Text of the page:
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Jeff Lampe
Jeff Lampe

Jeff Lampe has been outdoor writer at the Journal Star in Peoria for 12 duck seasons. He lives in Elmwood with his wife Monica, sons Henry, Victor and Walter, and Llewellin setter Hawkeye. A native of Buffalo, N.Y., he is an avid fan of the Bills and still has mental scars from four consecutive Super Bowl losses. Outside of hunting and fishing, Lampe's main passion in Illinois was Class A boys basketball (which sadly no longer exists). Former publisher of the Class A Weekly newsletter, Lampe is a co-author of "100 Years of Madness" and "Classical Madness," both books focusing on prep basketball in Illinois.

Illinois Outdoors


A Web log by Jeff Lampe of the Journal Star

Illinois Outdoors

Memories of old Buck

March 25, 2008 at 09:18 AM

We were stopped at the Casey’s in Wapella Saturday morning, headed for a weekend of Easter relaxation with relatives, when a black Lab peeked out from the back of a truck topper.

“Looks like Buck,” I told the boys.

“Probably not as good of a hunter,” the oldest said, as though he had a clue.

And so a legend is born. A son who never really knew Buck will always remember him as the greatest hunting dog in his life. The truth, of course, is otherwise. Not that it matters. I don’t want to go back and learn the truth about all the wonderful childhood memories rattling around my head.

So I will let the oldest believe what he wants to believe about Buck. Maybe years from now he can even convince me it’s true. For now, the truth still gets in the way of that fantasy. I’m not yet senile enough to tell people Buck was the best.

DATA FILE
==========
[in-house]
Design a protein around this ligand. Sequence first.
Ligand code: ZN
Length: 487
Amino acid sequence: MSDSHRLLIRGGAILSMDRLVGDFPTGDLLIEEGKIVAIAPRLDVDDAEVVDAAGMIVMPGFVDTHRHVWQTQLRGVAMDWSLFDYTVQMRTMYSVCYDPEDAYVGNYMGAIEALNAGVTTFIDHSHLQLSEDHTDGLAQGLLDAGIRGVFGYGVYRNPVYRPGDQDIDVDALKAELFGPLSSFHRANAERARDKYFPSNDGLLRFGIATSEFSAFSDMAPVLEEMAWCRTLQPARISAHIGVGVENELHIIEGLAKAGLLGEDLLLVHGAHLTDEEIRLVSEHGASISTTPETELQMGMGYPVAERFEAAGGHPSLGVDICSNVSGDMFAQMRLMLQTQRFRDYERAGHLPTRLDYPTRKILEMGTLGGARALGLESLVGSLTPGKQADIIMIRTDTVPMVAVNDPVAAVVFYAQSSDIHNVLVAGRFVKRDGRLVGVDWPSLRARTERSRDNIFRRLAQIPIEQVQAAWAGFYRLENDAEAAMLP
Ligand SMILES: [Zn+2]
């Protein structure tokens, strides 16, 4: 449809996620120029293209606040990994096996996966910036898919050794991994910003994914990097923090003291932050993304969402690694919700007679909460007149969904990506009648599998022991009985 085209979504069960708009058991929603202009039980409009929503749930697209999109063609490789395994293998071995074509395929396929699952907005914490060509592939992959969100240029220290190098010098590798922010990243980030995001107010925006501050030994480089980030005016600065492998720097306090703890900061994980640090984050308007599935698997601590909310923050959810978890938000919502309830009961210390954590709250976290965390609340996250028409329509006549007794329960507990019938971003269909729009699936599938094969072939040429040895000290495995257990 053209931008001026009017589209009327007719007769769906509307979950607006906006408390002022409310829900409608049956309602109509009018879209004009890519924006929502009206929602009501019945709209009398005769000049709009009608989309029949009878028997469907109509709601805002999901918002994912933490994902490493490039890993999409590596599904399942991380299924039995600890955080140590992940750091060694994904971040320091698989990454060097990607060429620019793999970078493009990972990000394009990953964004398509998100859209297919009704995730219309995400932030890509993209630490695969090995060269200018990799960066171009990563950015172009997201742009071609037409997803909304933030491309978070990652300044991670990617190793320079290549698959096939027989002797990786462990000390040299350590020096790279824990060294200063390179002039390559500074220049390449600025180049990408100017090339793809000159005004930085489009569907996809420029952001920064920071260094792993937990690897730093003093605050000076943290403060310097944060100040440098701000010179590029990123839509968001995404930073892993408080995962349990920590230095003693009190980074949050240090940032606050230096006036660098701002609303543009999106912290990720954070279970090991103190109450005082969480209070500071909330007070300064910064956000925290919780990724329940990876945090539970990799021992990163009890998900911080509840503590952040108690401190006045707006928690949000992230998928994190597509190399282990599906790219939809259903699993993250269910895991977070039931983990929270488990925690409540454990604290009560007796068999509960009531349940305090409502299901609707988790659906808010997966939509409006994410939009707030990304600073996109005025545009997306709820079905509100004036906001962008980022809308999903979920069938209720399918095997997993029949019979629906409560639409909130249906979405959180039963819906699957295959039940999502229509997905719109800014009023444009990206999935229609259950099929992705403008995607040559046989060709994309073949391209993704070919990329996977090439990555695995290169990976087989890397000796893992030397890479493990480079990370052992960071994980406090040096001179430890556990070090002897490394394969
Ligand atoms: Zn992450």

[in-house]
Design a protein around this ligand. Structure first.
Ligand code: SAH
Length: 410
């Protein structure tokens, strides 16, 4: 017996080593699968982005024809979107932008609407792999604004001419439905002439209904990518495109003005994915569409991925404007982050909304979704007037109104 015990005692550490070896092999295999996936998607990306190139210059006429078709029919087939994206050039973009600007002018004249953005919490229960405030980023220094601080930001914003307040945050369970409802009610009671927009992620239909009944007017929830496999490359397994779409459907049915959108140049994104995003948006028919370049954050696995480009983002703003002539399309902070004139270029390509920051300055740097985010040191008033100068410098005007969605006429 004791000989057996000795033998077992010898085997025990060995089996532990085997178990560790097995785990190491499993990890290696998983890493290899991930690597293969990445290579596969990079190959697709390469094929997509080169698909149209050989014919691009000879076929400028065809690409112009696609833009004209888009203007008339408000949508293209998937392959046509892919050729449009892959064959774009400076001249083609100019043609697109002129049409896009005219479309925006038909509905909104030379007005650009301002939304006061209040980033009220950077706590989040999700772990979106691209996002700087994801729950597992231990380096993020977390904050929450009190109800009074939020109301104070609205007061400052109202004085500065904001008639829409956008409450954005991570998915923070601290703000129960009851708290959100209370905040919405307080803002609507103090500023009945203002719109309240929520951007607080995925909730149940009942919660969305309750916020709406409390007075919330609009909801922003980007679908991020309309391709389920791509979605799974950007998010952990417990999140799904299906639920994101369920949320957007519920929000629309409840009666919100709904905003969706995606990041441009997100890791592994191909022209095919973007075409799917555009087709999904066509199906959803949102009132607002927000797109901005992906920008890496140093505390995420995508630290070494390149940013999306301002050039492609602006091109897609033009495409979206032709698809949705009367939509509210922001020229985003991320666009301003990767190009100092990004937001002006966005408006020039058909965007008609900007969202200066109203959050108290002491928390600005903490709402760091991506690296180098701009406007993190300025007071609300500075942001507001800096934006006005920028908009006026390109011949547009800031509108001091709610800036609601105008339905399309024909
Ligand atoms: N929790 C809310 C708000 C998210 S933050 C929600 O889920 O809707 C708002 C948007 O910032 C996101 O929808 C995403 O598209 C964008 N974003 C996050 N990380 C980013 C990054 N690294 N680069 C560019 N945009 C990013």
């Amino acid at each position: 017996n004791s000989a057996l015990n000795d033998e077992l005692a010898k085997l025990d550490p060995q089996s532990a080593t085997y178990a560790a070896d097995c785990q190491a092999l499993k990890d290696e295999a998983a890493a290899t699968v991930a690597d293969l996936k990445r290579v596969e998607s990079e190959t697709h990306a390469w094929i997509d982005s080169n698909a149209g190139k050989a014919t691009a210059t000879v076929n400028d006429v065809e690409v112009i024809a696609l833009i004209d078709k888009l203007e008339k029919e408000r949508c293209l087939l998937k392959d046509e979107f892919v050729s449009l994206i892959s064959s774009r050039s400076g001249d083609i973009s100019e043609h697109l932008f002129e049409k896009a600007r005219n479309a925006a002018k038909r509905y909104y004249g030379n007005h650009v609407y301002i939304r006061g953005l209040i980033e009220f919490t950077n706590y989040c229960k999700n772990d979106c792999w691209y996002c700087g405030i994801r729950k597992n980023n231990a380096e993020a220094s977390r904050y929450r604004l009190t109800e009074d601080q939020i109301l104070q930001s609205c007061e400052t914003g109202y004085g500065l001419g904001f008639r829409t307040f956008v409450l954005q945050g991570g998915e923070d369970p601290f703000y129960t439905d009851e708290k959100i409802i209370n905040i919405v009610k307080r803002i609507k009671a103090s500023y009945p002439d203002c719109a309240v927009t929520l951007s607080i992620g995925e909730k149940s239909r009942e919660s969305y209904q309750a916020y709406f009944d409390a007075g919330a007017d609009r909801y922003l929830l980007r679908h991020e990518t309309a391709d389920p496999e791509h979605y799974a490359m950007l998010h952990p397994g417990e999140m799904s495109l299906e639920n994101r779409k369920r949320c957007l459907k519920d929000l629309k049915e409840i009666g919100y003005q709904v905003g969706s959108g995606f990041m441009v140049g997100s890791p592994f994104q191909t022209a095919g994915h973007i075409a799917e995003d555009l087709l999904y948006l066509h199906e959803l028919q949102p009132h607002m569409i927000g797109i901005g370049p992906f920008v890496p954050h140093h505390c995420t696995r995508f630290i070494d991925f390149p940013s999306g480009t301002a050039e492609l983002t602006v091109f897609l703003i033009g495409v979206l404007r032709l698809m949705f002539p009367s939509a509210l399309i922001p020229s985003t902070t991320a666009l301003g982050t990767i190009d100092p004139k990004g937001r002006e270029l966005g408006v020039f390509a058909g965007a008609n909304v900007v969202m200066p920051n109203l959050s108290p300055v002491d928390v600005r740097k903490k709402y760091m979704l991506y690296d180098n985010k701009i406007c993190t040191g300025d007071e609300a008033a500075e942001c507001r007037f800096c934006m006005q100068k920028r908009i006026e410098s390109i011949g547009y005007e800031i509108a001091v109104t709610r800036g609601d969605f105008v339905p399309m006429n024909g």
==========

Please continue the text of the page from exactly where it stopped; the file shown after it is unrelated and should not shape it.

Some not-so-fond memories will not dim with time or memory loss. Like that Easter years ago when I went to Adams County to turkey hunt. Easter was late that year. So we went to mass in the morning and I left in the afternoon to get to buddy Tim Walmsley’s house in time to hunt.

That same winter I had planted winter wheat in my small garden behind our Peoria house. The wheat grew lush and tall. Unbeknownst to me, a mother rabbit decided the wheat was a perfect place to raise a family. It was not. There was no fence around the garden. And there was Buck. But until the babies got old enough to move, they were safe enough.

Naturally, they chose Easter morning to move. By the time I pulled up to Walmsley’s, my wife was on the phone. “Do you know what your dog did?”

One by one, he brought those baby rabbits to the sliding door in back of the house. There he left them in various stages of life for my wife to deal with, since I was gone for a week of turkey hunting. Dead Easter bunnies piled on the deck on Easter morning. Can it get much worse?

So I never question her when she says, “I don’t miss Bucky at all.”

I just don’t agree.

Illinois Outdoors


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